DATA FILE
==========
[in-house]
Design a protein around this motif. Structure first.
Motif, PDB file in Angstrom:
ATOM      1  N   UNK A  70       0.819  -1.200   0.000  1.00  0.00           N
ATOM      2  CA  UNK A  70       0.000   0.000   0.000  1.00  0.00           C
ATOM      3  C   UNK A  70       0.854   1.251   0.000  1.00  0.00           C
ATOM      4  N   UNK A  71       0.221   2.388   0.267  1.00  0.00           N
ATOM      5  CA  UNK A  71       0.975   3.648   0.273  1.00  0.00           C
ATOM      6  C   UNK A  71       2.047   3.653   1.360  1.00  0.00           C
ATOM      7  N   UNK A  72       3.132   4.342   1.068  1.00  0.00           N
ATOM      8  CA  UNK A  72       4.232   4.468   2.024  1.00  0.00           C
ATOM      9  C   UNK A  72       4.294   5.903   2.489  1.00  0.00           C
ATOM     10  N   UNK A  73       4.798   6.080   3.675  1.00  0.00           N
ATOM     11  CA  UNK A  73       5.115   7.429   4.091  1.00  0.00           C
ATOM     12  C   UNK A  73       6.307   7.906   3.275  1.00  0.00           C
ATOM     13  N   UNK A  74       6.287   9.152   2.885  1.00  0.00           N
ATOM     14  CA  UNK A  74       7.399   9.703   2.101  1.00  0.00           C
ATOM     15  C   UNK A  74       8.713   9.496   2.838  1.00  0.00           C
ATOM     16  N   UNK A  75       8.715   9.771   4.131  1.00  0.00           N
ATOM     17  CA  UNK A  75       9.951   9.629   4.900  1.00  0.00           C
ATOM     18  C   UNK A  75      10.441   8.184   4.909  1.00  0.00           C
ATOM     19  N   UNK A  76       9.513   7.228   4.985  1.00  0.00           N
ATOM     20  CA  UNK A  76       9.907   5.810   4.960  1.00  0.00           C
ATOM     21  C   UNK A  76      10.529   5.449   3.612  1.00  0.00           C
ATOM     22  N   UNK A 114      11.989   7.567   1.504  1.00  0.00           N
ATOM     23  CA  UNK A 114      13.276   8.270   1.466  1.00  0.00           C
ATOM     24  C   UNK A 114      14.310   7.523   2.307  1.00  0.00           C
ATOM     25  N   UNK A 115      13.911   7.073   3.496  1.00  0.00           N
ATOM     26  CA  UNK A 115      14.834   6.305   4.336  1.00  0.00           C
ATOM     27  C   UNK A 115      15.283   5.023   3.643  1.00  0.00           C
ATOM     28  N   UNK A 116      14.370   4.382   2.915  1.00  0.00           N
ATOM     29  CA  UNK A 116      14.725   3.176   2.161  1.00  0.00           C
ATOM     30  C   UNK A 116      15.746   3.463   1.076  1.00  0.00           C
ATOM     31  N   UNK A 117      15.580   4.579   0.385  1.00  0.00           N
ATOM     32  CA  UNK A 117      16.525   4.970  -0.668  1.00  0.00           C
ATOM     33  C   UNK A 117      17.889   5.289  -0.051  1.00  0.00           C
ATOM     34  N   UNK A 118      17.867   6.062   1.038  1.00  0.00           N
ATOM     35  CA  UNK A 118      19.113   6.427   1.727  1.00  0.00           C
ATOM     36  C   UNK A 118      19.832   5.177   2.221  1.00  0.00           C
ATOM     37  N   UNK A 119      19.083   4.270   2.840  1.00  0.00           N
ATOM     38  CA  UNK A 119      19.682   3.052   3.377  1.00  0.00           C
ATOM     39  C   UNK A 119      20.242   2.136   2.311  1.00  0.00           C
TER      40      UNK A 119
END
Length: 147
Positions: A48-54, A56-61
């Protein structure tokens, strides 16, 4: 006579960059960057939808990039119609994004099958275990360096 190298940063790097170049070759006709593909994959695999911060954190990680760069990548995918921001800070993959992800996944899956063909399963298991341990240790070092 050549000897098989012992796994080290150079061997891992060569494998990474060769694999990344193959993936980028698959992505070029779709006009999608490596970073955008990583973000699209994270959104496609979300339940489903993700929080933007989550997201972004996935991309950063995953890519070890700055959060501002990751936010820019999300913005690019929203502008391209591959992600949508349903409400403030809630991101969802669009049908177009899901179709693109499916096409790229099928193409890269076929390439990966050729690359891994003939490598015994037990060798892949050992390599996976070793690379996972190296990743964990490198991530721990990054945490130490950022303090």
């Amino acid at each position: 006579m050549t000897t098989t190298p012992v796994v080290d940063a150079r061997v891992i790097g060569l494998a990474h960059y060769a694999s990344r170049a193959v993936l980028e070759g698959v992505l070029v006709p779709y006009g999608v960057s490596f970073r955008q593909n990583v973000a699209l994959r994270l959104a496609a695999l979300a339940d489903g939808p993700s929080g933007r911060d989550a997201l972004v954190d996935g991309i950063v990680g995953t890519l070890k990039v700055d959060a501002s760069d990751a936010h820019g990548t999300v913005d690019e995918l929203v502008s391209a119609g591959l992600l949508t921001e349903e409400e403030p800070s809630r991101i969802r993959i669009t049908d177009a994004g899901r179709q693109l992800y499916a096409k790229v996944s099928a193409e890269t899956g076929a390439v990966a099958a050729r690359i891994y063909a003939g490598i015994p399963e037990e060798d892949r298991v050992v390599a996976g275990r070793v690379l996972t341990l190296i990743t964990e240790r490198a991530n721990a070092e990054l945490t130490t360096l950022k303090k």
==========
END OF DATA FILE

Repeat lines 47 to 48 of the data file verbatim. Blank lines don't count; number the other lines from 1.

């Protein structure tokens, strides 16, 4: 006579960059960057939808990039119609994004099958275990360096 190298940063790097170049070759006709593909994959695999911060954190990680760069990548995918921001800070993959992800996944899956063909399963298991341990240790070092 050549000897098989012992796994080290150079061997891992060569494998990474060769694999990344193959993936980028698959992505070029779709006009999608490596970073955008990583973000699209994270959104496609979300339940489903993700929080933007989550997201972004996935991309950063995953890519070890700055959060501002990751936010820019999300913005690019929203502008391209591959992600949508349903409400403030809630991101969802669009049908177009899901179709693109499916096409790229099928193409890269076929390439990966050729690359891994003939490598015994037990060798892949050992390599996976070793690379996972190296990743964990490198991530721990990054945490130490950022303090």
């Amino acid at each position: 006579m050549t000897t098989t190298p012992v796994v080290d940063a150079r061997v891992i790097g060569l494998a990474h960059y060769a694999s990344r170049a193959v993936l980028e070759g698959v992505l070029v006709p779709y006009g999608v960057s490596f970073r955008q593909n990583v973000a699209l994959r994270l959104a496609a695999l979300a339940d489903g939808p993700s929080g933007r911060d989550a997201l972004v954190d996935g991309i950063v990680g995953t890519l070890k990039v700055d959060a501002s760069d990751a936010h820019g990548t999300v913005d690019e995918l929203v502008s391209a119609g591959l992600l949508t921001e349903e409400e403030p800070s809630r991101i969802r993959i669009t049908d177009a994004g899901r179709q693109l992800y499916a096409k790229v996944s099928a193409e890269t899956g076929a390439v990966a099958a050729r690359i891994y063909a003939g490598i015994p399963e037990e060798d892949r298991v050992v390599a996976g275990r070793v690379l996972t341990l190296i990743t964990e240790r490198a991530n721990a070092e990054l945490t130490t360096l950022k303090k």